Regional integration in Central Asia is slowing down
Turkmenistan doesn't allow heavy vehicles on their way to Tajikistan to pass its border. Trucks are staying near the border with Iran, on the Lyutfabad-Artyk checkpoint, for more than a week. Ashgabat doesn't give permission for vehicles with cargo that must be delivered to Tajikistan. The Ministry of Transport of Tajikistan says that it tried to resolve "this issue through diplomatic channels." This problem was recently discussed in the Tajik Foreign Ministry. Regional integration of the region once again became relevant.
Turkmen border guards offer to drivers of heavy cargo trucks to search for bypass roads, bypassing Turkmenistan, one of the drivers staying at the border with Iran said in an interview with radio Ozodi (Tajik branch of Radio Liberty). He said that similar situation happens at other checkpoints on the Turkmen-Iranian border. Passenger buses that Tajikistan purchased from Turkey can't pass the Sarakhs border crossing.
Problems at the border began after Tajik President Emomali Rahmon visited Ashgabat. During the talks with Turkmen leader Gurbanguly Berdymuhamedov, issues of trade and economic cooperation and development of transport routes were discussed.
Speaking at the summit on the Aral Sea problem, Rakhmon urged his neighbors to intensify cooperation in the field of cargo transportation and transit in order to achieve free movement of goods and services in Central Asia.
It's not the first case when borders were closed in the region. A year ago, Kazakhstan blocked border with Kyrgyzstan. Over 500 Kyrgyz trucks with cargo for Russia couldn't move further. There was political reason for that: Bishkek accused President Nursultan Nazarbayev of interfering in the election campaign.
Uzbek border wasn't just shut down, but also mined because of attempts of the Islamic Movement of Uzbekistan militants to invade the country through Tajikistan in 1999-2000. In subsequent years, conflicts, often with use of weapons, land and water disputes, smuggling and other negative things have become common on the borders between Uzbekistan, Tajikistan and Kyrgyzstan. Situation changed only after change of power and economic development model of Uzbekistan.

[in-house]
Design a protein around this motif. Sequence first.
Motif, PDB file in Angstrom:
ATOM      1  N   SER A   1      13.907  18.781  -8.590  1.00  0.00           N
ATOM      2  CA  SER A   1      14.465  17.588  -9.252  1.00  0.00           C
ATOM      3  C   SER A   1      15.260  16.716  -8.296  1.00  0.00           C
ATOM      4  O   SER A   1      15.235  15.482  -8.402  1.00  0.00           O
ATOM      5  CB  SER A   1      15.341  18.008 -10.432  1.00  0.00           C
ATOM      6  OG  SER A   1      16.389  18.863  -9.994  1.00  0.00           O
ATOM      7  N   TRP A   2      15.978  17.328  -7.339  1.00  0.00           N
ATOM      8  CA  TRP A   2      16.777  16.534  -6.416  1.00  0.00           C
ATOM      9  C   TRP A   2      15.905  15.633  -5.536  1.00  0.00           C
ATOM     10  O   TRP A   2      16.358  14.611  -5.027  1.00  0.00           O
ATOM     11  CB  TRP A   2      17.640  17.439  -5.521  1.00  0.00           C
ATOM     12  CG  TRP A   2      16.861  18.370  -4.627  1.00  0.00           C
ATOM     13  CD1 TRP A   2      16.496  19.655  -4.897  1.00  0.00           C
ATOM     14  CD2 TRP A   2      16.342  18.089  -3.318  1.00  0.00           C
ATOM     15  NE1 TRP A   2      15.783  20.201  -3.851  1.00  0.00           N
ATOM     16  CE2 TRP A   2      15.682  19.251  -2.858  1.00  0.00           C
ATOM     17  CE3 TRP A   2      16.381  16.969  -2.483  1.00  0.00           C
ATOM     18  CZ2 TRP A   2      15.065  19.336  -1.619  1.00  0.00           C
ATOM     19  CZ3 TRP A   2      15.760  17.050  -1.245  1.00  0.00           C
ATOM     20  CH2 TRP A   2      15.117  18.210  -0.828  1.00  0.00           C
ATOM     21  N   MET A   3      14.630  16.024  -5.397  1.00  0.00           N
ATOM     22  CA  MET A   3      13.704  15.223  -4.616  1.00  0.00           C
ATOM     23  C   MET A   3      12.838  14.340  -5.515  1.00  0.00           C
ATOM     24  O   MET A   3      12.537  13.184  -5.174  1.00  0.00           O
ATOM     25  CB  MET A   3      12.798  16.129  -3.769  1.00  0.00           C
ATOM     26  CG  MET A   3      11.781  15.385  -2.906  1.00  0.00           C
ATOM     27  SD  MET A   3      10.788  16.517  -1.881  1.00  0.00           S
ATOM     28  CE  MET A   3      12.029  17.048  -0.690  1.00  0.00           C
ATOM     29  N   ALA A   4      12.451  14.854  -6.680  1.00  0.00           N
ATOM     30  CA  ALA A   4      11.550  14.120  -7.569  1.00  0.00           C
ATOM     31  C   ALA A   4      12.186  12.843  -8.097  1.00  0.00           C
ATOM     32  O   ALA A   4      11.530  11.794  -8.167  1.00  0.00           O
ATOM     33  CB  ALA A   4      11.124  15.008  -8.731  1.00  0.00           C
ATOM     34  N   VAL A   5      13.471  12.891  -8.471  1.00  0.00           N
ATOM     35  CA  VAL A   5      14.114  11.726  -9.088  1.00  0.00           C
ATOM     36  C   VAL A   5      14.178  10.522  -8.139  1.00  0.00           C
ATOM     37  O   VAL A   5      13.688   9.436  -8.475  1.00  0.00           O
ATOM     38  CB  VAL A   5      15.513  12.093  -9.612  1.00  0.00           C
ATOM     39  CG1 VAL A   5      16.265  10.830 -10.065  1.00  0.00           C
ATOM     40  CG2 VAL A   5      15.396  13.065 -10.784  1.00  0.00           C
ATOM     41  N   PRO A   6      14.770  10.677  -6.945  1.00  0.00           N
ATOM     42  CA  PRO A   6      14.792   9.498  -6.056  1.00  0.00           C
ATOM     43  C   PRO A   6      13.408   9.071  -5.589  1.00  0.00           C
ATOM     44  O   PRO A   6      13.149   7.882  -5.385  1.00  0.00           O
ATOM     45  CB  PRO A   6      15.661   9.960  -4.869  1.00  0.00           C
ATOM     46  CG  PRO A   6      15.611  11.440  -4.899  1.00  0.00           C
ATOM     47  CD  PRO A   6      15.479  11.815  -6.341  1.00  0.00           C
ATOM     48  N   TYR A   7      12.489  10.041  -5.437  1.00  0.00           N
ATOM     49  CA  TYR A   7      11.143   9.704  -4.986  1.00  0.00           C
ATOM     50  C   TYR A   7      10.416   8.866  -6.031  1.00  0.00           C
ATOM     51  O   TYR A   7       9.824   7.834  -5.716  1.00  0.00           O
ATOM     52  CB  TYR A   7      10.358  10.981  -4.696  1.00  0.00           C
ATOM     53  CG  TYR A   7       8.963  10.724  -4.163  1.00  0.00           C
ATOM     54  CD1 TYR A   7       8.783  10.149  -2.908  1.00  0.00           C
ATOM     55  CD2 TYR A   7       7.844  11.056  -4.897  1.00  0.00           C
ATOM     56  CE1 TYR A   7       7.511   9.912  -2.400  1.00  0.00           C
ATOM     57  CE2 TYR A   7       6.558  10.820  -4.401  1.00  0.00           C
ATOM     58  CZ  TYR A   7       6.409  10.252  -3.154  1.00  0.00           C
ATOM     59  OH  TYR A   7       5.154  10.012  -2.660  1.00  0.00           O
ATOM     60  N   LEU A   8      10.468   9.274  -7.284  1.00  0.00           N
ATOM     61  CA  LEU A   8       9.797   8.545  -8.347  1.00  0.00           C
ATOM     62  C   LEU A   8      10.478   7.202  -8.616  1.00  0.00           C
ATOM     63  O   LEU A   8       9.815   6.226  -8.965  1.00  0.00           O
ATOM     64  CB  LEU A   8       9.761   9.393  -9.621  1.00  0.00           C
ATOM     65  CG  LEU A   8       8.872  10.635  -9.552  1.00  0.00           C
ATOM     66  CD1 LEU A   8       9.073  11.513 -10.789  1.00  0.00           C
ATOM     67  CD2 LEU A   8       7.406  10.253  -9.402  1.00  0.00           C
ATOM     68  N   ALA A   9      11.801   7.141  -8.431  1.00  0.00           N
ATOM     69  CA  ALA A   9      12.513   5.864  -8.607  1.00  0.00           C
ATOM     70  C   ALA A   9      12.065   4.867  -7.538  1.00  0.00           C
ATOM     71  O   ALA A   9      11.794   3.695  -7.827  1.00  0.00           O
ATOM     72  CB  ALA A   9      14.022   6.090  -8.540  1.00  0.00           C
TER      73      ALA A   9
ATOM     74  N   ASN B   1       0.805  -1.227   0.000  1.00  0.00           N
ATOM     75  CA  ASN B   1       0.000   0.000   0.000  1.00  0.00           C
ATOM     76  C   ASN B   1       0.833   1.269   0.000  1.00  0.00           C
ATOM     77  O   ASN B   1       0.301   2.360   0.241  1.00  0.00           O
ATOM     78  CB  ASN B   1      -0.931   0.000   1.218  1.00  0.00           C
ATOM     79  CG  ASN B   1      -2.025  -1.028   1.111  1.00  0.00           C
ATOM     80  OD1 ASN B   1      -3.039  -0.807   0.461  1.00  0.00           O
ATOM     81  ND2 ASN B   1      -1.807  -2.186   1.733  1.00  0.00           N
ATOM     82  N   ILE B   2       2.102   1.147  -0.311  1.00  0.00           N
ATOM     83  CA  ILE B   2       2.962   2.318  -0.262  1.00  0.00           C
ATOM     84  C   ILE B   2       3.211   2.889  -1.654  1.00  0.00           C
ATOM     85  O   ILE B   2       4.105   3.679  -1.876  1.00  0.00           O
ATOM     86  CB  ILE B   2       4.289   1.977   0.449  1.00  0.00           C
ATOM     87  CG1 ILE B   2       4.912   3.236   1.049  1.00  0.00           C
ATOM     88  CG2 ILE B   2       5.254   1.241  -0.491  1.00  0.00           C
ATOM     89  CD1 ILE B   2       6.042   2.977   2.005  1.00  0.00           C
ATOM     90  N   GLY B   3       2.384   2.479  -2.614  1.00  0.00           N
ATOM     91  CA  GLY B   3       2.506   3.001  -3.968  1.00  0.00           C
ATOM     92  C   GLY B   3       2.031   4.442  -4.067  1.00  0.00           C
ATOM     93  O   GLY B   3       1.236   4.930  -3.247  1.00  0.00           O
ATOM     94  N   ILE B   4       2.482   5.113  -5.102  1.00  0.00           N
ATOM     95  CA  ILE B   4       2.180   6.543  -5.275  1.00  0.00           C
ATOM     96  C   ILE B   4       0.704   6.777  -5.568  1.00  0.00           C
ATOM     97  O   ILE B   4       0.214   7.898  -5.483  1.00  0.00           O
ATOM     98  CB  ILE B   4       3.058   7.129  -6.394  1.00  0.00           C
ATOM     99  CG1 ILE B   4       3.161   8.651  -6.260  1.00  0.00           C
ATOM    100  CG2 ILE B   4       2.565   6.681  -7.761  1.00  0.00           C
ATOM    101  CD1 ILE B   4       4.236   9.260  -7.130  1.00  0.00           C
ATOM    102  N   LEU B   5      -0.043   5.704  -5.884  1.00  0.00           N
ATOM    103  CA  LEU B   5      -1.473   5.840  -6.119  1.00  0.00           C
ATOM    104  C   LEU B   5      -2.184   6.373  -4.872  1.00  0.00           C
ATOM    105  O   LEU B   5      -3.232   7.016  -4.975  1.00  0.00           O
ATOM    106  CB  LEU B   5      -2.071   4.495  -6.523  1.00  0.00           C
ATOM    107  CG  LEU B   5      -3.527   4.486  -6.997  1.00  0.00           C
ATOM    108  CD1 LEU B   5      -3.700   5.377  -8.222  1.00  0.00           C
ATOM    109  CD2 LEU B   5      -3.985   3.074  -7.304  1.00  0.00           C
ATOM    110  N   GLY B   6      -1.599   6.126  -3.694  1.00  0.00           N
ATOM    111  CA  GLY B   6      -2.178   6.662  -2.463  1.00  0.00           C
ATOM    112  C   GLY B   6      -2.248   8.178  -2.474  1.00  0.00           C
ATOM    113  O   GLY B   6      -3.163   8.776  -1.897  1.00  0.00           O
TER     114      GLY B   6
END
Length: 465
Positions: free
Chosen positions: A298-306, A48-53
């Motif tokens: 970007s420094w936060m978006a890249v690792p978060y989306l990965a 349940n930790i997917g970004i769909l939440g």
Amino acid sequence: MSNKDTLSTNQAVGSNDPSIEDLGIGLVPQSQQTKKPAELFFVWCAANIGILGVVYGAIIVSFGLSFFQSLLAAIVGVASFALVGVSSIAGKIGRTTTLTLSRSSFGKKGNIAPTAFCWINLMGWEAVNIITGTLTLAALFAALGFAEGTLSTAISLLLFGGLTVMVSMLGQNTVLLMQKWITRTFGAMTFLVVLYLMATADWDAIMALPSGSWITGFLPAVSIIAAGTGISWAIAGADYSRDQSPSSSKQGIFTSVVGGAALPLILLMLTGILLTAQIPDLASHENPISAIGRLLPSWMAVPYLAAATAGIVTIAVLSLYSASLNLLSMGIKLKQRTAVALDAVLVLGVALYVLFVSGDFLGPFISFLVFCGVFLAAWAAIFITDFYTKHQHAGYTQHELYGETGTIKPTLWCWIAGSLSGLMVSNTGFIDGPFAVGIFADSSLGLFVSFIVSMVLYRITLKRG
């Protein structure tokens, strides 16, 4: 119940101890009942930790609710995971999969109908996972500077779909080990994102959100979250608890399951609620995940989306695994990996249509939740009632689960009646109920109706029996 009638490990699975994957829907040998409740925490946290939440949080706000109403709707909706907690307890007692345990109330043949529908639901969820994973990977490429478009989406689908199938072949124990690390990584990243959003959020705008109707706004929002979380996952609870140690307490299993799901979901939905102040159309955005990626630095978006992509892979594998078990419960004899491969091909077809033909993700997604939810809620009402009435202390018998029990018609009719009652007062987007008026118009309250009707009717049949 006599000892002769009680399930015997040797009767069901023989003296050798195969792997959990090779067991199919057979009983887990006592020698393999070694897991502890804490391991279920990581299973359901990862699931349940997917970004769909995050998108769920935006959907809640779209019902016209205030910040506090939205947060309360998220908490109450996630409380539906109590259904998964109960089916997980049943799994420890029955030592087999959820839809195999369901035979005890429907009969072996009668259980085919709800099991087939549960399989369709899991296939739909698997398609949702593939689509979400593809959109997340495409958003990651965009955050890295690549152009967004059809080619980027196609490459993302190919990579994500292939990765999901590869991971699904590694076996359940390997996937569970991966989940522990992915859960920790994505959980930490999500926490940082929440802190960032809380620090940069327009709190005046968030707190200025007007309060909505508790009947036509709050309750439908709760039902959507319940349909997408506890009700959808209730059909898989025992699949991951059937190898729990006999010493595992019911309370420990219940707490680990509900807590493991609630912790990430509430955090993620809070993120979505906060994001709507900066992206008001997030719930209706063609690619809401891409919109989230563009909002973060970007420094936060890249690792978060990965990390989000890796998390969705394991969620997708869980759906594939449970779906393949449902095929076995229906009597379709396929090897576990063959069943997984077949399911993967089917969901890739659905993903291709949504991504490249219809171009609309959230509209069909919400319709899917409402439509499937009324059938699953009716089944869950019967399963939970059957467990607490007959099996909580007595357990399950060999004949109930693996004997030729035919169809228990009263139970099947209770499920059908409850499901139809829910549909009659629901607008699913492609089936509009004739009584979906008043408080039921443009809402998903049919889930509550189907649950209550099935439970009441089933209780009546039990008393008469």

The issue of integration of the Central Asian countries became relevant once again. Heads of four regional countries held summit in Astana. Ashgabat refused to participate in this event. Regional cooperation was discussed during this summit. Berdymuhamedov recently proposed a similar idea - creation of the Consultative Council of Central Asia, at which all issues in the region would be dealt with promptly. However, state structure of Turkmenistan and its economic policy took unthinkable for market economy form - a sort of eastern version of "leader principle", which clearly hinders problem solving process. Even though problems of the region haven't been resolved yet, Uzbekistan almost resolved border issues with its neighbors in the region, especially with Kazakhstan. Other countries have intensified their efforts, but we won't see results for some time. For example, Dushanbe and Bishkek have stalled the negotiation process. Tajikistan, frightened by the influx of Uzbek goods, introduced a number of restrictions on export of products.
Expert on Central Asia and the Middle East, Alexander Knyazev, said in an interview with Vestnik Kavkaza that regional integration can't exist without participation of all countries in the region. "Central Asia is not a region. Countries of Middle Asia and Kazakhstan have no unifying interests, on the contrary, their interests contradict each other in most cases," he said.
According to expert, despite a number of external similarities, economic and political models operating in all former Soviet republics are different, and external orientation is very diverse. Integration can occur only through one or two mechanisms: common economic and political interests or external force. If Kyrgyzstan and Kazakhstan, albeit with many proble,s, are integrated into the Eurasian Economic Union (EAEU), and these ties somehow work, other countries are in a state of permanent uncertainty.
"By following short-term, often personal benefits, their priorities can change radically (just like how it happened with Tajikistan's reorientation from Iran to Saudi Arabia.) There are some signs of strategic development programs in Astana and Tashkent, but this is clearly not enough. Although Uzbekistan and Kazakhstan are the most positive examples, especially compared to others, there's nothing like that in Ashgabat. Financial and economic crisis in the republic that lasts for several years proves it," Alexander Knyazev believes.